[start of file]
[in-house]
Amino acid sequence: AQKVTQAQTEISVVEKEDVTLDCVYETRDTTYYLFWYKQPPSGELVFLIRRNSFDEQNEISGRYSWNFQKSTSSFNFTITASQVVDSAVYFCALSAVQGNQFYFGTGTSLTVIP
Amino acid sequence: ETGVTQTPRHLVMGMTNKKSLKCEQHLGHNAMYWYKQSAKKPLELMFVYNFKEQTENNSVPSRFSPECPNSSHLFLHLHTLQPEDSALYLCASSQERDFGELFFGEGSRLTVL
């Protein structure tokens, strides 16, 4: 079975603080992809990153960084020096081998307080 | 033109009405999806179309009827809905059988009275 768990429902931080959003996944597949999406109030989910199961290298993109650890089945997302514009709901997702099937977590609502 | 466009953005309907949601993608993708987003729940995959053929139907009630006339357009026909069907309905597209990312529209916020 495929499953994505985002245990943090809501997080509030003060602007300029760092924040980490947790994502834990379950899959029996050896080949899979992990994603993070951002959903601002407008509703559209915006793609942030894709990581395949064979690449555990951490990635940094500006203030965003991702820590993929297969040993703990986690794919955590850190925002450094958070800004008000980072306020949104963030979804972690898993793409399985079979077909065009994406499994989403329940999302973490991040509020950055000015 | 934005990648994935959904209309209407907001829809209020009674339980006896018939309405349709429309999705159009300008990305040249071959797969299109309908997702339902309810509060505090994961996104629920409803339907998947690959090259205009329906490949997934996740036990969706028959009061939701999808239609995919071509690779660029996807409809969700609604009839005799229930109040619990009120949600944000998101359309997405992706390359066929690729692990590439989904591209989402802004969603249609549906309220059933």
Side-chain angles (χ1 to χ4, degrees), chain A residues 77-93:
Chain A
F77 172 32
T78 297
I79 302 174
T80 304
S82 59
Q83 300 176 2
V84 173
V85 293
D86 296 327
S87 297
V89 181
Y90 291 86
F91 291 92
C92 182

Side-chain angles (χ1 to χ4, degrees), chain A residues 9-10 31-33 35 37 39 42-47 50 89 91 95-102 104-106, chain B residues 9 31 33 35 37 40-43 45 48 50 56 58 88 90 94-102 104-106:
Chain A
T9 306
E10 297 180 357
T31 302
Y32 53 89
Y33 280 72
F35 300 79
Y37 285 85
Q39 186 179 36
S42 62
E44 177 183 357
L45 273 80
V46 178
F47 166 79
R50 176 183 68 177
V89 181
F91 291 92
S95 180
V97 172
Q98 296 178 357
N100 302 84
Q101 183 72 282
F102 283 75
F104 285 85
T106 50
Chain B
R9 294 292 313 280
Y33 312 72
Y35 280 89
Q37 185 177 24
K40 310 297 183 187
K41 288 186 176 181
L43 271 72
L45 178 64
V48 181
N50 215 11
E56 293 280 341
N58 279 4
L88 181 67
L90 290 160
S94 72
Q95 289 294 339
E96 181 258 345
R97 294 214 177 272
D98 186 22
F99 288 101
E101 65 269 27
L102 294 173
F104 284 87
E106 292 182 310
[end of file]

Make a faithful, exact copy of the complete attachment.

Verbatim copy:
[in-house]
Amino acid sequence: AQKVTQAQTEISVVEKEDVTLDCVYETRDTTYYLFWYKQPPSGELVFLIRRNSFDEQNEISGRYSWNFQKSTSSFNFTITASQVVDSAVYFCALSAVQGNQFYFGTGTSLTVIP
Amino acid sequence: ETGVTQTPRHLVMGMTNKKSLKCEQHLGHNAMYWYKQSAKKPLELMFVYNFKEQTENNSVPSRFSPECPNSSHLFLHLHTLQPEDSALYLCASSQERDFGELFFGEGSRLTVL
């Protein structure tokens, strides 16, 4: 079975603080992809990153960084020096081998307080 | 033109009405999806179309009827809905059988009275 768990429902931080959003996944597949999406109030989910199961290298993109650890089945997302514009709901997702099937977590609502 | 466009953005309907949601993608993708987003729940995959053929139907009630006339357009026909069907309905597209990312529209916020 495929499953994505985002245990943090809501997080509030003060602007300029760092924040980490947790994502834990379950899959029996050896080949899979992990994603993070951002959903601002407008509703559209915006793609942030894709990581395949064979690449555990951490990635940094500006203030965003991702820590993929297969040993703990986690794919955590850190925002450094958070800004008000980072306020949104963030979804972690898993793409399985079979077909065009994406499994989403329940999302973490991040509020950055000015 | 934005990648994935959904209309209407907001829809209020009674339980006896018939309405349709429309999705159009300008990305040249071959797969299109309908997702339902309810509060505090994961996104629920409803339907998947690959090259205009329906490949997934996740036990969706028959009061939701999808239609995919071509690779660029996807409809969700609604009839005799229930109040619990009120949600944000998101359309997405992706390359066929690729692990590439989904591209989402802004969603249609549906309220059933």
Side-chain angles (χ1 to χ4, degrees), chain A residues 77-93:
Chain A
F77 172 32
T78 297
I79 302 174
T80 304
S82 59
Q83 300 176 2
V84 173
V85 293
D86 296 327
S87 297
V89 181
Y90 291 86
F91 291 92
C92 182

Side-chain angles (χ1 to χ4, degrees), chain A residues 9-10 31-33 35 37 39 42-47 50 89 91 95-102 104-106, chain B residues 9 31 33 35 37 40-43 45 48 50 56 58 88 90 94-102 104-106:
Chain A
T9 306
E10 297 180 357
T31 302
Y32 53 89
Y33 280 72
F35 300 79
Y37 285 85
Q39 186 179 36
S42 62
E44 177 183 357
L45 273 80
V46 178
F47 166 79
R50 176 183 68 177
V89 181
F91 291 92
S95 180
V97 172
Q98 296 178 357
N100 302 84
Q101 183 72 282
F102 283 75
F104 285 85
T106 50
Chain B
R9 294 292 313 280
Y33 312 72
Y35 280 89
Q37 185 177 24
K40 310 297 183 187
K41 288 186 176 181
L43 271 72
L45 178 64
V48 181
N50 215 11
E56 293 280 341
N58 279 4
L88 181 67
L90 290 160
S94 72
Q95 289 294 339
E96 181 258 345
R97 294 214 177 272
D98 186 22
F99 288 101
E101 65 269 27
L102 294 173
F104 284 87
E106 292 182 310